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How will IR35 changes impact you?

What does the recent announcement -  IR35 will be repealed from April 2023 -  mean for you? Is IR35 being scrapped? Or is IR35 still applicable in 2023?


To clarify IR35 is not being scrapped. The changes in April 2023 will still very much be applicable. The fundamental rules of IR35 are the same – what has changed is the responsibility of determining the  employment status, moving away from clients and back to the contractor or limited company.

If you are a contractor operating through your own limited company, then IR35 should be no news for you. It has been around for some time in the public sector.

Businesses will revert back to the IR35 rules that were in place from 2001 until 2017 in the public sector and 2021 in the private sector.


What is changing?


Currently (from 6 April 2021) it is the responsibility of the “end-user” for applying the off-payroll rules to contractors. If an individual is ‘inside’ the rules, it is the responsibility of the ‘fee payer’ to make the appropriate deductions as required by HMRC, such as income tax, employer and employee NIC and the apprenticeship levy.​

The current, Chapter 10 rules will remain in place until April 5th 2023 and any work done up to that date, even if invoiced and paid after April 6th 2023, is subject to the client determining the status.

Have a look at the below flowchart for guidance:



From 6th April 2023 the responsibility for the determination of IR35 and the tax liability, goes back to the contractor and away from the end client.

What does it mean to you?

If you are providing services to small companies of businesses based wholly overseas with no UK presence – nothing changes.

If you are providing services through your limited company to large medium/organisation with UK presence then from 6th April 2023 it will be your responsibility to determine your tax status.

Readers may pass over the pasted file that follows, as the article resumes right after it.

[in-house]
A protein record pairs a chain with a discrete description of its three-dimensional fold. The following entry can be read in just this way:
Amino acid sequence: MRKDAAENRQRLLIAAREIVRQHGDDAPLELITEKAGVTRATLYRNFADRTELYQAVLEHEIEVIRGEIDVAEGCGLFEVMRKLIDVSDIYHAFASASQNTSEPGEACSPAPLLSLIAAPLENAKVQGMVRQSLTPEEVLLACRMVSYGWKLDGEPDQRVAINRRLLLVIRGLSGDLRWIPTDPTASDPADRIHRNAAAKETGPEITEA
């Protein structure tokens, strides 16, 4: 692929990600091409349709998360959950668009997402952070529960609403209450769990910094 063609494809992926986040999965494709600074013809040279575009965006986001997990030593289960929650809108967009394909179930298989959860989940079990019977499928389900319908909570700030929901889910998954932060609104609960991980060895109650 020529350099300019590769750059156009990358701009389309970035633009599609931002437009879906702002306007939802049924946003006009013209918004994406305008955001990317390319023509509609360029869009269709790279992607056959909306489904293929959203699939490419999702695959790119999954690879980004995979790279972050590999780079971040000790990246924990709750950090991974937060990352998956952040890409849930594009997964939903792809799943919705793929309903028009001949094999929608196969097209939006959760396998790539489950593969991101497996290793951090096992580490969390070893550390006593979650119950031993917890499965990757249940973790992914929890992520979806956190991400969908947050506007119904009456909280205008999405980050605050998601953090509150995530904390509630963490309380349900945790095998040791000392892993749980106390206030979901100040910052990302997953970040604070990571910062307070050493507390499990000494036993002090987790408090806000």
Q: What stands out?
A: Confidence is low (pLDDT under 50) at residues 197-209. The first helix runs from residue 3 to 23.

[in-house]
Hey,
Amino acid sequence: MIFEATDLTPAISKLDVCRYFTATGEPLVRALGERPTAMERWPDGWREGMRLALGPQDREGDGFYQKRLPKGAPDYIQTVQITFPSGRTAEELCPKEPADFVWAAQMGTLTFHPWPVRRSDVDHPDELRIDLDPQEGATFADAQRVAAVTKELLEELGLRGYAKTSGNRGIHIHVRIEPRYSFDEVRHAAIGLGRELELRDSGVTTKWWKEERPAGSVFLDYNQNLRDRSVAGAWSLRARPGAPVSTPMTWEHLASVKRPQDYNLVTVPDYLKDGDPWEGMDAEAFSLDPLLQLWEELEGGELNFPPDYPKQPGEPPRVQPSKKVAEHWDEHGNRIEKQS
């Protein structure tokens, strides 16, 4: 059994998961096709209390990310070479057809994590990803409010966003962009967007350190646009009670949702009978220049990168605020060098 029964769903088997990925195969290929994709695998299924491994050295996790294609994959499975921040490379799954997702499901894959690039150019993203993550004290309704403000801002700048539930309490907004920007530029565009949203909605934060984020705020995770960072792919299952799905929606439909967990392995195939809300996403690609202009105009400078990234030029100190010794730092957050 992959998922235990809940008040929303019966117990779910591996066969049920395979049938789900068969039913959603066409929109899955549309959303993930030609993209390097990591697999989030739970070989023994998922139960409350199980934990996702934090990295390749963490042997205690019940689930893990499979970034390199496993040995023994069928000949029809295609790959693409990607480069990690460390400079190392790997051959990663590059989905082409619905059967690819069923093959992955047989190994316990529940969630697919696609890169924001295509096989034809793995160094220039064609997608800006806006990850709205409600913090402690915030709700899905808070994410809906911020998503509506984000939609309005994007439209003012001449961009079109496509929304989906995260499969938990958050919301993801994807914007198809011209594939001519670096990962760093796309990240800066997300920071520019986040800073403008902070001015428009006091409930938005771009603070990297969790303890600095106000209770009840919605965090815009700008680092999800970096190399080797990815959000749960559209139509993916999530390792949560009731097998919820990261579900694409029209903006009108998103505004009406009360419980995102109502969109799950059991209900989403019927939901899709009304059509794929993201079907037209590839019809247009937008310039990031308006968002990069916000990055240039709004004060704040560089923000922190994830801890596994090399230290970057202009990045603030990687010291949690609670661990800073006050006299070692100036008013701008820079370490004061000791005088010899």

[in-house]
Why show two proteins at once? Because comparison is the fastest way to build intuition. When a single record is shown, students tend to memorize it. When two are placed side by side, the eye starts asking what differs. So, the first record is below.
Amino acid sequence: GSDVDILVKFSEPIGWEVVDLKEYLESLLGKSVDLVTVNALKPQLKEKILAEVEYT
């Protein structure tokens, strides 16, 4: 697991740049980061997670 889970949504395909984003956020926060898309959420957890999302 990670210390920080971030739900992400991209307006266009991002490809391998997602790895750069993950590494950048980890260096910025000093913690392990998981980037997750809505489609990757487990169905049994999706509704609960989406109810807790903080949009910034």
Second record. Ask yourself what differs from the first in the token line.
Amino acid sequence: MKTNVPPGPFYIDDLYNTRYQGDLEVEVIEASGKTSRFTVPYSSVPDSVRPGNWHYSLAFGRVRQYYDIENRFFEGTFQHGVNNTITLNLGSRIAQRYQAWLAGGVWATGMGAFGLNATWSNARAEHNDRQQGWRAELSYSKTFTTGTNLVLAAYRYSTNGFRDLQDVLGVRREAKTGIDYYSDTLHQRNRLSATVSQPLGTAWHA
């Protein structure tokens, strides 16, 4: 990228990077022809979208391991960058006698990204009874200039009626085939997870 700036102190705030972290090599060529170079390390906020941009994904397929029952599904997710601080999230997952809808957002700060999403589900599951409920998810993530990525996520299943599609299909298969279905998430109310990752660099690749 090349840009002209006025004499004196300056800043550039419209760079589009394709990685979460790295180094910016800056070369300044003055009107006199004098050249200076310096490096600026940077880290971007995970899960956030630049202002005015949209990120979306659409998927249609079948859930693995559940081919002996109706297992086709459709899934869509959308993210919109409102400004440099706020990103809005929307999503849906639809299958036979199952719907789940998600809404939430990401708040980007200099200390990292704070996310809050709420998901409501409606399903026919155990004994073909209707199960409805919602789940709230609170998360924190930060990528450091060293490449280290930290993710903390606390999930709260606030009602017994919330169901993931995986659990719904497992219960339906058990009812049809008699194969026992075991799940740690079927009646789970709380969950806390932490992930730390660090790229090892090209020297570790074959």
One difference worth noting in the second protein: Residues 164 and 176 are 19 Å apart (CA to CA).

But with independence comes responsibility. Under the private sector off-payroll working legislation, the onus was on the end client to demonstrate reasonable care.

What do you need to consider now?

To demonstrate reasonable care, you need to  consider the contractual and the actual working arrangements. These two elements must be aligned.

Although HMRC have a tool (CEST) to determine employment status,  here are the various aspects of a contract which you need to consider to determine if as a contractor you are employed or self-employed, including:

  • Control: do you decide your own hours of work, and have control over how and when the work is carried out?
  • Right of substitution: are you able to appoint another person to carry out the work if you are not available? Would you pay the substitute yourself, and cover any necessary training costs? If you were to provide a substitute would the client accept them?
  • Mutuality of obligation: is there an obligation for your client to offer you work, or for you to accept an offer of work if given?
  • Employment rights: does the contract mention employment rights such as holiday or sick pay?

You will also need to consider if the organisation you are working with provides the equipment to carry out the contract, for example computer or video editing hardware, the level of financial risk you take on, and the ‘length of engagement.’

What about access to the building? Are you using a security pass along with your client’s employees – even using the staff canteen could be held against you during an IR35 tax investigation.

To summarise, although the change won’t be in place until April 2023, now is the time to review your working practices.

Do you need your contract reviewed for IR35?  Contact us on 0333 050 5658 to discuss it further.



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